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Memorial Day: 15 Black Celebrities Who Served in the Military

Memorial Day: 15 Black Celebrities Who Served in the Military

As we celebrate Memorial Day, we pause to honor and remember those who have served in the military.

For many with family members in the U.S. Military, this day is a solemn occasion to reflect on those who have sacrificed their lives in service. 

This January was particularly poignant for the families of Spc. William Jerome Rivers, Spc. Kennedy Ladon Sanders, and Spc. Breonna Alexsondria Moffett, who endured the heart-wrenching experience of receiving the remains of these soldiers, tragically lost in an attack in Jordan.

Included among those we honor are several black celebrities who wore the uniform and dedicated significant portions of their lives to their country.

Happy Memorial Day! Or for most Black folks, Another Excuse to Throw Somethin’ on the Grill Day.

This article highlights 15 of these individuals, whose military backgrounds may come as a surprise to many.

Morgan Freeman

Before becoming an Academy Award-winning actor, Morgan Freeman served in the Air Force from 1955 to 1959. He turned down a drama scholarship to work as a radar technician and later as a pilot.

 Montel Williams

The famous TV host served in both the Marine Corps and the Navy. After enlisting in the Marines, he was recommended for the Naval Academy, where he graduated with a degree in engineering.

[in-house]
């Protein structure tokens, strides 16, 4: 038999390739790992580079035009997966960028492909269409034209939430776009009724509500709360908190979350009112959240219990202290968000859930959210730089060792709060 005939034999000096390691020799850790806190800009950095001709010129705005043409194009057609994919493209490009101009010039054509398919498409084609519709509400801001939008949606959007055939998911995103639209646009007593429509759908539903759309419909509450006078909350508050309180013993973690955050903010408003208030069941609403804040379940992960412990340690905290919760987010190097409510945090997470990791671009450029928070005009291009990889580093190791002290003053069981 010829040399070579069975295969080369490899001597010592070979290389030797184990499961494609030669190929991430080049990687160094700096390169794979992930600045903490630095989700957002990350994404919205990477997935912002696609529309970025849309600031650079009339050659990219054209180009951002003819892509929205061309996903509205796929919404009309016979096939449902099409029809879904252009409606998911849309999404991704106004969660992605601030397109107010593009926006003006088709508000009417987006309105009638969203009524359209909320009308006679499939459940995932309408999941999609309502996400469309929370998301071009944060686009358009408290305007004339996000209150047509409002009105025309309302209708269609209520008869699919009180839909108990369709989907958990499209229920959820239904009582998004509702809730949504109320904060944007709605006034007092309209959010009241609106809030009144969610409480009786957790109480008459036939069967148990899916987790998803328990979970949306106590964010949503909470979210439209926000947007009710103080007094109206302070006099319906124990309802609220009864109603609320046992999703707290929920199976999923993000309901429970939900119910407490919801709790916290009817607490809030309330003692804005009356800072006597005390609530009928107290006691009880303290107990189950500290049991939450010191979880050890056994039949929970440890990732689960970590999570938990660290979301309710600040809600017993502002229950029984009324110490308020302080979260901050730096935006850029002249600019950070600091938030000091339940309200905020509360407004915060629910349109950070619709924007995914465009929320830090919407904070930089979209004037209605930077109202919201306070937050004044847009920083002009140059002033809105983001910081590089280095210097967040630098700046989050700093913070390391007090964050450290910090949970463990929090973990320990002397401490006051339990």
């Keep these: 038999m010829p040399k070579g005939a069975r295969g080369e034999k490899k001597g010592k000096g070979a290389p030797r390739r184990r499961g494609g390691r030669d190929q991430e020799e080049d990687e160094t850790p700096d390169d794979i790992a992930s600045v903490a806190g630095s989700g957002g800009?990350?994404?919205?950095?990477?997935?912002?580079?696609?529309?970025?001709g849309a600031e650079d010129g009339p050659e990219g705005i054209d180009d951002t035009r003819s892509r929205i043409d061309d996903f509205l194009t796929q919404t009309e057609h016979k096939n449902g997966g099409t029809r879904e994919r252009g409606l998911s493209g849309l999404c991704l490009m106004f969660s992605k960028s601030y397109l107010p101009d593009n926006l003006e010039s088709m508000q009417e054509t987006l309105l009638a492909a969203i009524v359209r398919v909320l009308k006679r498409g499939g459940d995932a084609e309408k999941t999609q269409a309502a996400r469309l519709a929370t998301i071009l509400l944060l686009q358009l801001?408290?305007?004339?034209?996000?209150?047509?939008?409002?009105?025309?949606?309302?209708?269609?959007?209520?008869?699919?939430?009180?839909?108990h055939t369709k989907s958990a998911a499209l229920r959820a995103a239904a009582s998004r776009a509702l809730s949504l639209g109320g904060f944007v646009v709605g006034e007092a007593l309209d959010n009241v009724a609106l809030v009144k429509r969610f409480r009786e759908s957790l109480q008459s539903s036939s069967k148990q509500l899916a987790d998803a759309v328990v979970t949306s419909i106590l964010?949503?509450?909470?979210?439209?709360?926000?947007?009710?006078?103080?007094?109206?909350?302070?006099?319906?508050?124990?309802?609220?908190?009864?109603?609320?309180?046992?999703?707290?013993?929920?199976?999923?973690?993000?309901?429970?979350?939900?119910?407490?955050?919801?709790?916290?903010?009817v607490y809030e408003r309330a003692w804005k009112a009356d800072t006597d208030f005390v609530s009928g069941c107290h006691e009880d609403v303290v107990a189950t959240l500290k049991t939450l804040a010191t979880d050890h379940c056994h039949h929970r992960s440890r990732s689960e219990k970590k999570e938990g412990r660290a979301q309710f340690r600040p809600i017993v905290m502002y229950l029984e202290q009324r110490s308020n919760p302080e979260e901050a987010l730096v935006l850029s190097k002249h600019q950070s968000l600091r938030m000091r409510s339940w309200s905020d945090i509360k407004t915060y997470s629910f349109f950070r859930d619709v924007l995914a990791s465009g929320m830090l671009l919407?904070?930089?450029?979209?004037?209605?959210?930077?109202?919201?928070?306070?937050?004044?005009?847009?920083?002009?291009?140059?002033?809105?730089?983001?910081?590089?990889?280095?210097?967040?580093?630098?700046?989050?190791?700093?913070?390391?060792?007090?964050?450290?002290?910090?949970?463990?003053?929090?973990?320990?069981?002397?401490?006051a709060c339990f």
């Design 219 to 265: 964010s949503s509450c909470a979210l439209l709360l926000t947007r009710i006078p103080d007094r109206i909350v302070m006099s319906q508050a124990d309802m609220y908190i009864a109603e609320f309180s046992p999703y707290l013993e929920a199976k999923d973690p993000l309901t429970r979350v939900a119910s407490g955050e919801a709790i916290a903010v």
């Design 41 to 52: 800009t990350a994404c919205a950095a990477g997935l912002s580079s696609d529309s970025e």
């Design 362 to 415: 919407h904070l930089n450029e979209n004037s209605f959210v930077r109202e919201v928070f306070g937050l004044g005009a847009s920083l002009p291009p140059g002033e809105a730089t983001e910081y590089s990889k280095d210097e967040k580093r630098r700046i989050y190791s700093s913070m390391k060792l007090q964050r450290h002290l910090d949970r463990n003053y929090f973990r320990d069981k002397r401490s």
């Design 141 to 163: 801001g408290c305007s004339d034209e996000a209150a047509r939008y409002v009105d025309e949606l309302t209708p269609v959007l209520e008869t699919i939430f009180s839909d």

Jimi Hendrix

The legendary guitarist served in the 101st Airborne Division of the U.S. Army in 1961. He enlisted as an alternative to serving time for a minor offense and was eventually granted an honorable discharge.


Born David Adkins, the comedian served in the Air Force as a boom operator. Post-military, Sinbad pursued comedy and acting, landing roles in various TV shows and movies.


Before he was a rapper and actor on “Law & Order: SVU,” Ice-T served four years in the Army. His time in the military helped him develop discipline that would later be crucial in his entertainment career.


Before his musical career took off, Shaggy was a Marine who served with a Field Artillery Battery in the 10th Marine Regiment during the Persian Gulf War.

Charley Pride

The country music legend served in the Army in the late 1950s, before embarking on his pioneering music career, becoming one of the first African-American performers to achieve significant success in the genre.

James Earl Jones

This iconic voice and stage actor served in the Army during the Korean War. He attended the Reserve Officer Training Corps and achieved the rank of first lieutenant.

Sammy Davis Jr.

Davis served in the Army’s entertainment unit during World War II. Despite facing severe racism during his service, he found solace and escape in performance.

Marvin Gaye

In 1956, a 17-year-old Marvin Gaye dropped out of high school and enlisted in the United States Air Force as an Airman Basic. Like many of his peers, he quickly became disillusioned with the service when he found himself performing menial tasks instead of working on jet airplanes as he had hoped.

Richard Pryor

Richard Pryor served in the U.S. Army from 1958 to 1960, but nearly all of his time in the military was spent in an army prison. A 1999 profile in The New Yorker details that Pryor was incarcerated following an incident during his stationing in West Germany.

These celebrities not only made significant contributions to entertainment and culture but also to the defense and service of their country.

Their memorial day adds an admirable layer to their public personas, reminding us of the diverse paths that can lead to fame and the common thread of duty that connects all who serve.


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